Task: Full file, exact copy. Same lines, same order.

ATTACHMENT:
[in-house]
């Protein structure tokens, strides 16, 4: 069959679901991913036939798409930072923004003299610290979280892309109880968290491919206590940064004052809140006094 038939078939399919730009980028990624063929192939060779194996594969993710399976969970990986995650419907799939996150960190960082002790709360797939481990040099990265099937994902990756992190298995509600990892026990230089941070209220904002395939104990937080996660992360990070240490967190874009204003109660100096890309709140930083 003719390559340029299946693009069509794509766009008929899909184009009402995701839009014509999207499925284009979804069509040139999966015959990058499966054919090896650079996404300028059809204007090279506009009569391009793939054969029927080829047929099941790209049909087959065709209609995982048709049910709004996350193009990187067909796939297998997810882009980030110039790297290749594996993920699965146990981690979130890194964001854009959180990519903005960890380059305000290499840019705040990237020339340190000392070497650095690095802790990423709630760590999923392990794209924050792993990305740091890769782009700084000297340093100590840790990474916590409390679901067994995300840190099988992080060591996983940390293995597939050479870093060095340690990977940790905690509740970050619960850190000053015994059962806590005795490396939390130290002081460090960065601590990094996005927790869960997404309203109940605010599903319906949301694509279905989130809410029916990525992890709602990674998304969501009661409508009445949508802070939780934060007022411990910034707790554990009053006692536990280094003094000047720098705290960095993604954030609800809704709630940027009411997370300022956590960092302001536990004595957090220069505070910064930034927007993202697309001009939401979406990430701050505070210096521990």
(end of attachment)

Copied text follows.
[in-house]
């Protein structure tokens, strides 16, 4: 069959679901991913036939798409930072923004003299610290979280892309109880968290491919206590940064004052809140006094 038939078939399919730009980028990624063929192939060779194996594969993710399976969970990986995650419907799939996150960190960082002790709360797939481990040099990265099937994902990756992190298995509600990892026990230089941070209220904002395939104990937080996660992360990070240490967190874009204003109660100096890309709140930083 003719390559340029299946693009069509794509766009008929899909184009009402995701839009014509999207499925284009979804069509040139999966015959990058499966054919090896650079996404300028059809204007090279506009009569391009793939054969029927080829047929099941790209049909087959065709209609995982048709049910709004996350193009990187067909796939297998997810882009980030110039790297290749594996993920699965146990981690979130890194964001854009959180990519903005960890380059305000290499840019705040990237020339340190000392070497650095690095802790990423709630760590999923392990794209924050792993990305740091890769782009700084000297340093100590840790990474916590409390679901067994995300840190099988992080060591996983940390293995597939050479870093060095340690990977940790905690509740970050619960850190000053015994059962806590005795490396939390130290002081460090960065601590990094996005927790869960997404309203109940605010599903319906949301694509279905989130809410029916990525992890709602990674998304969501009661409508009445949508802070939780934060007022411990910034707790554990009053006692536990280094003094000047720098705290960095993604954030609800809704709630940027009411997370300022956590960092302001536990004595957090220069505070910064930034927007993202697309001009939401979406990430701050505070210096521990």